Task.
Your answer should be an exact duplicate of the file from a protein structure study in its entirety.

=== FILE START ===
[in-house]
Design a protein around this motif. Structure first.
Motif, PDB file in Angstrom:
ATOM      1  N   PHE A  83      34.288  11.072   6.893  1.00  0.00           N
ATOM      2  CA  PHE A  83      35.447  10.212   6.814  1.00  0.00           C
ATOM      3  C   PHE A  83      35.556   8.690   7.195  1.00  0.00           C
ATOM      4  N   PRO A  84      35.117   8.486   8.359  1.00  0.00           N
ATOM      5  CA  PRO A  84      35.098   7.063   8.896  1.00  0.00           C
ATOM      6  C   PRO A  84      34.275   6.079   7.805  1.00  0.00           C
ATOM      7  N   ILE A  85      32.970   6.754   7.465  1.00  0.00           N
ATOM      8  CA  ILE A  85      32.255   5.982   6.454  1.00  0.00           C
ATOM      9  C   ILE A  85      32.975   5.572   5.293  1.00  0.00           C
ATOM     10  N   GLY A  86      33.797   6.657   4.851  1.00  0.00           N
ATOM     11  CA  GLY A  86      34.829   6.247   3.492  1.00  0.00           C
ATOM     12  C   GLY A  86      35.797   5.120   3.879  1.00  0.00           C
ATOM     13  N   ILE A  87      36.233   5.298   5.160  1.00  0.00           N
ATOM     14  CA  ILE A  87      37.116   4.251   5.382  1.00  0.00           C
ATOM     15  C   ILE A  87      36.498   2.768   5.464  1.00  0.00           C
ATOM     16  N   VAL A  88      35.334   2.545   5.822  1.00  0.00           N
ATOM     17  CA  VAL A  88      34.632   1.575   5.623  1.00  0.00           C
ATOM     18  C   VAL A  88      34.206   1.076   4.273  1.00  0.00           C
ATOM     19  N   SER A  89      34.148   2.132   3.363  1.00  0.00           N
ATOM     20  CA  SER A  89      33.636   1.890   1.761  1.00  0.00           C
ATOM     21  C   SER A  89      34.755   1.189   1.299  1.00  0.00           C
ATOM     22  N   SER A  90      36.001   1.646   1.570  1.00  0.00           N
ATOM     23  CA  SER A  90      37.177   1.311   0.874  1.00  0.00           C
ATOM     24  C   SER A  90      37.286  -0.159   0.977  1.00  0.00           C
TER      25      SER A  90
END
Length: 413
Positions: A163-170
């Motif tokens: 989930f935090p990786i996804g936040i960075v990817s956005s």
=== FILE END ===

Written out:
[in-house]
Design a protein around this motif. Structure first.
Motif, PDB file in Angstrom:
ATOM      1  N   PHE A  83      34.288  11.072   6.893  1.00  0.00           N
ATOM      2  CA  PHE A  83      35.447  10.212   6.814  1.00  0.00           C
ATOM      3  C   PHE A  83      35.556   8.690   7.195  1.00  0.00           C
ATOM      4  N   PRO A  84      35.117   8.486   8.359  1.00  0.00           N
ATOM      5  CA  PRO A  84      35.098   7.063   8.896  1.00  0.00           C
ATOM      6  C   PRO A  84      34.275   6.079   7.805  1.00  0.00           C
ATOM      7  N   ILE A  85      32.970   6.754   7.465  1.00  0.00           N
ATOM      8  CA  ILE A  85      32.255   5.982   6.454  1.00  0.00           C
ATOM      9  C   ILE A  85      32.975   5.572   5.293  1.00  0.00           C
ATOM     10  N   GLY A  86      33.797   6.657   4.851  1.00  0.00           N
ATOM     11  CA  GLY A  86      34.829   6.247   3.492  1.00  0.00           C
ATOM     12  C   GLY A  86      35.797   5.120   3.879  1.00  0.00           C
ATOM     13  N   ILE A  87      36.233   5.298   5.160  1.00  0.00           N
ATOM     14  CA  ILE A  87      37.116   4.251   5.382  1.00  0.00           C
ATOM     15  C   ILE A  87      36.498   2.768   5.464  1.00  0.00           C
ATOM     16  N   VAL A  88      35.334   2.545   5.822  1.00  0.00           N
ATOM     17  CA  VAL A  88      34.632   1.575   5.623  1.00  0.00           C
ATOM     18  C   VAL A  88      34.206   1.076   4.273  1.00  0.00           C
ATOM     19  N   SER A  89      34.148   2.132   3.363  1.00  0.00           N
ATOM     20  CA  SER A  89      33.636   1.890   1.761  1.00  0.00           C
ATOM     21  C   SER A  89      34.755   1.189   1.299  1.00  0.00           C
ATOM     22  N   SER A  90      36.001   1.646   1.570  1.00  0.00           N
ATOM     23  CA  SER A  90      37.177   1.311   0.874  1.00  0.00           C
ATOM     24  C   SER A  90      37.286  -0.159   0.977  1.00  0.00           C
TER      25      SER A  90
END
Length: 413
Positions: A163-170
């Motif tokens: 989930f935090p990786i996804g936040i960075v990817s956005s």